Since living here we have seen some remarkable sunsets and I have to restrain myself from reaching for the camera most fine evenings. Last week they were particularly spectacular when they were enhanced by the cloud of volcanic ash and I have already posted a couple of shots taken during that time.
However, the shot below is one taken before the Icelandic volcano erupted and we feel very fortunate to witness such beauty on a regular basis.
Thanks to Klaus, Sandy Wren, Fishing Guy and Sylvia who host Skywatch Friday. For more pictures of skies around the world, please click here.
Last Thursday morning, switching on the TV whilst we had our early morning "cuppa" we heard the local newsreader say "all flights out of Bristol are cancelled due to volcanic ash". OH and I looked at each other and at the same time exclaimed "volcanic ash"! However all was revealed in national news a few minutes later. Of course we are all aware now of the effects the volcanic eruption in Iceland is having and I have just heard on our late news that the disruptions are to continue in spite of there being hopes earlier today that restrictions may be lifted tomorrow. A new cloud of ash is making its way towards us.
We have been told that we are likely to see some wonderful sunsets due to the layer of volcanic dust in the atmosphere. We are fortunate that where we live we often see magnificent sunsets but they have been brighter over the last few days - this was tonights.
Many, many years ago, when I was a divorced "30 something", a male colleague invited me out for a drink one evening. We met at a local pub, got a drink and began chatting. There was loud music playing. Then he said, what, to me, sounded like "do you like meatloaf"?
I had already eaten and inwardly groaned and thought "oh no, I hope he's not going to invite me back to his for something to eat"! So, with a vision of him slaving over a hot stove and without wishing to offend, I replied as casually as I could, "it's OK, but it's not something I usually make" and it was left at that.
Fast forward about 10 years, and listening to the radio one day, light dawned! I still laugh when I recall the moment I realised that what he had probably said was "do you like Meatloaf"?
It is one of those moments that has stuck in my mind! We remained work colleagues, but that was all!
For more takes on the letter M - please visit Mrs Denise Nesbitt and her team, who host ABC Wednesday.
I had a lovely birthday and thank you for your greetings. There were cards, gifts, flowers, telephone calls, visits etc from family and friends. In the morning OH and I drove to the Quantock Hills and found our way to Great Wood where my children used to go to camp with their school and where I used to take them for walks and picnics, especially on Good Friday mornings. That became a bit of a ritual for a few years.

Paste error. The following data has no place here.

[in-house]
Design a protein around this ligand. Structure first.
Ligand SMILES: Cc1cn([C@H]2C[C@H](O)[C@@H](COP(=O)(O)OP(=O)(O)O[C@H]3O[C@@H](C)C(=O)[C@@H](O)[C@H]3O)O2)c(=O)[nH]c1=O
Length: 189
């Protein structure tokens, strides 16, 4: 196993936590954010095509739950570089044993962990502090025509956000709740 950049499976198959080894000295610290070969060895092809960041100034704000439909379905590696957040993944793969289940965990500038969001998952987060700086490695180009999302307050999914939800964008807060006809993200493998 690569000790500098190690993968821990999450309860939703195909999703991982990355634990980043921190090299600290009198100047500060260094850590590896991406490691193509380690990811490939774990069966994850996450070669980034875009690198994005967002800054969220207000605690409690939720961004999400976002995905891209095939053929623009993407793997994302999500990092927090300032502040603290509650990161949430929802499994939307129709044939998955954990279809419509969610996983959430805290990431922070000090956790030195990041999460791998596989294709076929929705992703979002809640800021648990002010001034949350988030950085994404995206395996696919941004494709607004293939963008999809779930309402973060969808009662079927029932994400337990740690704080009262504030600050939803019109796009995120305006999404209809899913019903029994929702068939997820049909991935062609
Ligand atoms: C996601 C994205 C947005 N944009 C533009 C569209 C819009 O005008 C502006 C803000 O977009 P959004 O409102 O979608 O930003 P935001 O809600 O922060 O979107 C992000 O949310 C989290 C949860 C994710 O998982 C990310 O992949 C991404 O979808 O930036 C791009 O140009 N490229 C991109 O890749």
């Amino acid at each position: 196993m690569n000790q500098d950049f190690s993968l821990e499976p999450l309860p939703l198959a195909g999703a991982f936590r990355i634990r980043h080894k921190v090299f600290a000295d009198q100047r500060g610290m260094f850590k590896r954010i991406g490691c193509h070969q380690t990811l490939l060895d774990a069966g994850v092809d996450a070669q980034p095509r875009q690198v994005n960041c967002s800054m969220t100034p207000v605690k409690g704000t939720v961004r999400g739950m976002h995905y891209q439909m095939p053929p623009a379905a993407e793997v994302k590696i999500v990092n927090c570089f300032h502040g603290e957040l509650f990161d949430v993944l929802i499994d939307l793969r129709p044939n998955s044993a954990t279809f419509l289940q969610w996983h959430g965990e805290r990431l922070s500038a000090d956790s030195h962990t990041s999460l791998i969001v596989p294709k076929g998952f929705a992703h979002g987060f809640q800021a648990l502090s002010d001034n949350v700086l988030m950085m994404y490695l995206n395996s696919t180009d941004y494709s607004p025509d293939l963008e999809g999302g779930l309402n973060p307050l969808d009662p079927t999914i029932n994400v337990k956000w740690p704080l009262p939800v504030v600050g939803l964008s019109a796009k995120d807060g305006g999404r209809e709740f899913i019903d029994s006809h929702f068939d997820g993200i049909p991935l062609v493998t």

Saturday morning was beautiful, sunny and warm and it was a great pleasure to stroll up through the forest.
It was quiet and peaceful.
We had a delicious light lunch at the The Rose and Crown in Nether Stowey*, a very old establishment whose walls were covered with photographs of the old and modern Nether Stowey and of local characters. We also saw this, which we found very amusing. I hope you can read it.
In the evening we dressed up in our finery and went off to a charity ball held to help raise funds for the new local hovercraft rescue boat, a very pleasant evening and a lovely way to end my birthday.
PS * Nether Stowey is where the poet Samuel Taylor Coleridge lived from 1797 to 1800.
I have to thank all of you who left such caring comments about my poor mum's fall, two weeks' ago. She is definitely on the mend, although obviously still in a certain amount of pain. The painkillers she was on - codeine - eventually gave her a muzzy head and hallucinations. She is off those now and her head is clear at last. I stayed with her for a week and then came back home to sleep and now just pop in two or three times each day. Today she had dressed, was feeling and looking more like her old self. Of course she is afraid she may fall again as she doesn't know why she fell in the first place. Obviously this is a concern but she does have an alert cord in each room as well as one to wear on her person. We will just have to take it a day at a time.
The weather today was absolutely beautiful. Sunny and warm all day, so very pleasant. After I had been to see my mum I met a friend for lunch and then, later, walked to see another friend with her birthay card for tomorrow. When I returned home the tide was high and there was a yacht tacking back and forth in full view of our windows. I opened our balcony and just let the sun and warmth stream in. Wonderful.
Tomorrow is my birthday also and at 66 I am one year older than my friend. OH is taking me out, possibly to the Quantock Hills, for lunch and we are going to a charity "do" in the evening. So it will be "best bib and tucker" time.